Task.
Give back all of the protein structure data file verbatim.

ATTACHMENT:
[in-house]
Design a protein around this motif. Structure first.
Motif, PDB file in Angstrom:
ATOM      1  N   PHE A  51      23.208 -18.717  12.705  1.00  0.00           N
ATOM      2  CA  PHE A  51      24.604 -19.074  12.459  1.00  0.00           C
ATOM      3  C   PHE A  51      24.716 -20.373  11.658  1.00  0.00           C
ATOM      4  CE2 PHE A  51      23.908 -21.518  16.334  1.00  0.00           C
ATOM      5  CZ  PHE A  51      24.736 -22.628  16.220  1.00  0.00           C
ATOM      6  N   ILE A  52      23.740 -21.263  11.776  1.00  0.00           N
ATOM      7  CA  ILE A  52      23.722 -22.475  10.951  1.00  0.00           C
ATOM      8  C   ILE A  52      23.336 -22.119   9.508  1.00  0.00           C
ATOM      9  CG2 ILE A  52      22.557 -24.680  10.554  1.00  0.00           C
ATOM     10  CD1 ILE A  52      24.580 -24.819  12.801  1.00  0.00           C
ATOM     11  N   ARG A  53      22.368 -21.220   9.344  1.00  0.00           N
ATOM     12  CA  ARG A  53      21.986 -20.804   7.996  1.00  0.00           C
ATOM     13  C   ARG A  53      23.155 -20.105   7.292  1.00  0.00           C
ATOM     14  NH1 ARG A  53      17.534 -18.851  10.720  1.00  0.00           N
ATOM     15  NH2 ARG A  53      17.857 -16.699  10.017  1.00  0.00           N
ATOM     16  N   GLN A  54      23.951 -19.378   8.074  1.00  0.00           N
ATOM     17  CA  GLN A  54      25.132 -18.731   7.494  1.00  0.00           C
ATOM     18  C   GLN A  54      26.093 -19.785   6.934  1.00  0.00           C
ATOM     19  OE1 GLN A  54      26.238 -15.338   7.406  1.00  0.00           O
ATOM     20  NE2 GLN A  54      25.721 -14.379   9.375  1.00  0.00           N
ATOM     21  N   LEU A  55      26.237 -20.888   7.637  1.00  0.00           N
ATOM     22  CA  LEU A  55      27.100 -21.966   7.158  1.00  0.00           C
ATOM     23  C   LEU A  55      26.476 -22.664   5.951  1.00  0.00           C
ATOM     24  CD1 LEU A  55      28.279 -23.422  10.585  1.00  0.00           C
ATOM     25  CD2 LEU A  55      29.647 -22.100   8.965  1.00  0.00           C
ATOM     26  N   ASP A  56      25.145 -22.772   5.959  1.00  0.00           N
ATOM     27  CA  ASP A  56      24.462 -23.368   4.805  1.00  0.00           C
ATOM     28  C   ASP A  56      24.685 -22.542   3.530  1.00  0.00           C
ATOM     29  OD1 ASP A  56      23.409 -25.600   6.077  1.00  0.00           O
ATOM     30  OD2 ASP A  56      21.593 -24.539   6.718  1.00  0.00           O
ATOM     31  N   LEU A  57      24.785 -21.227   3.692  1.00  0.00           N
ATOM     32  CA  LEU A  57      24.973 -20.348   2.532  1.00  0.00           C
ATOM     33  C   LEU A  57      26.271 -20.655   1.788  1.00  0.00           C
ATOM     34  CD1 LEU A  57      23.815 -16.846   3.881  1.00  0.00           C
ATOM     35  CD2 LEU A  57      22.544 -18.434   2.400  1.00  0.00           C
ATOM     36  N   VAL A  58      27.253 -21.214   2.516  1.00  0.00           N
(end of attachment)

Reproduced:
[in-house]
Design a protein around this motif. Structure first.
Motif, PDB file in Angstrom:
ATOM      1  N   PHE A  51      23.208 -18.717  12.705  1.00  0.00           N
ATOM      2  CA  PHE A  51      24.604 -19.074  12.459  1.00  0.00           C
ATOM      3  C   PHE A  51      24.716 -20.373  11.658  1.00  0.00           C
ATOM      4  CE2 PHE A  51      23.908 -21.518  16.334  1.00  0.00           C
ATOM      5  CZ  PHE A  51      24.736 -22.628  16.220  1.00  0.00           C
ATOM      6  N   ILE A  52      23.740 -21.263  11.776  1.00  0.00           N
ATOM      7  CA  ILE A  52      23.722 -22.475  10.951  1.00  0.00           C
ATOM      8  C   ILE A  52      23.336 -22.119   9.508  1.00  0.00           C
ATOM      9  CG2 ILE A  52      22.557 -24.680  10.554  1.00  0.00           C
ATOM     10  CD1 ILE A  52      24.580 -24.819  12.801  1.00  0.00           C
ATOM     11  N   ARG A  53      22.368 -21.220   9.344  1.00  0.00           N
ATOM     12  CA  ARG A  53      21.986 -20.804   7.996  1.00  0.00           C
ATOM     13  C   ARG A  53      23.155 -20.105   7.292  1.00  0.00           C
ATOM     14  NH1 ARG A  53      17.534 -18.851  10.720  1.00  0.00           N
ATOM     15  NH2 ARG A  53      17.857 -16.699  10.017  1.00  0.00           N
ATOM     16  N   GLN A  54      23.951 -19.378   8.074  1.00  0.00           N
ATOM     17  CA  GLN A  54      25.132 -18.731   7.494  1.00  0.00           C
ATOM     18  C   GLN A  54      26.093 -19.785   6.934  1.00  0.00           C
ATOM     19  OE1 GLN A  54      26.238 -15.338   7.406  1.00  0.00           O
ATOM     20  NE2 GLN A  54      25.721 -14.379   9.375  1.00  0.00           N
ATOM     21  N   LEU A  55      26.237 -20.888   7.637  1.00  0.00           N
ATOM     22  CA  LEU A  55      27.100 -21.966   7.158  1.00  0.00           C
ATOM     23  C   LEU A  55      26.476 -22.664   5.951  1.00  0.00           C
ATOM     24  CD1 LEU A  55      28.279 -23.422  10.585  1.00  0.00           C
ATOM     25  CD2 LEU A  55      29.647 -22.100   8.965  1.00  0.00           C
ATOM     26  N   ASP A  56      25.145 -22.772   5.959  1.00  0.00           N
ATOM     27  CA  ASP A  56      24.462 -23.368   4.805  1.00  0.00           C
ATOM     28  C   ASP A  56      24.685 -22.542   3.530  1.00  0.00           C
ATOM     29  OD1 ASP A  56      23.409 -25.600   6.077  1.00  0.00           O
ATOM     30  OD2 ASP A  56      21.593 -24.539   6.718  1.00  0.00           O
ATOM     31  N   LEU A  57      24.785 -21.227   3.692  1.00  0.00           N
ATOM     32  CA  LEU A  57      24.973 -20.348   2.532  1.00  0.00           C
ATOM     33  C   LEU A  57      26.271 -20.655   1.788  1.00  0.00           C
ATOM     34  CD1 LEU A  57      23.815 -16.846   3.881  1.00  0.00           C
ATOM     35  CD2 LEU A  57      22.544 -18.434   2.400  1.00  0.00           C
ATOM     36  N   VAL A  58      27.253 -21.214   2.516  1.00  0.00           N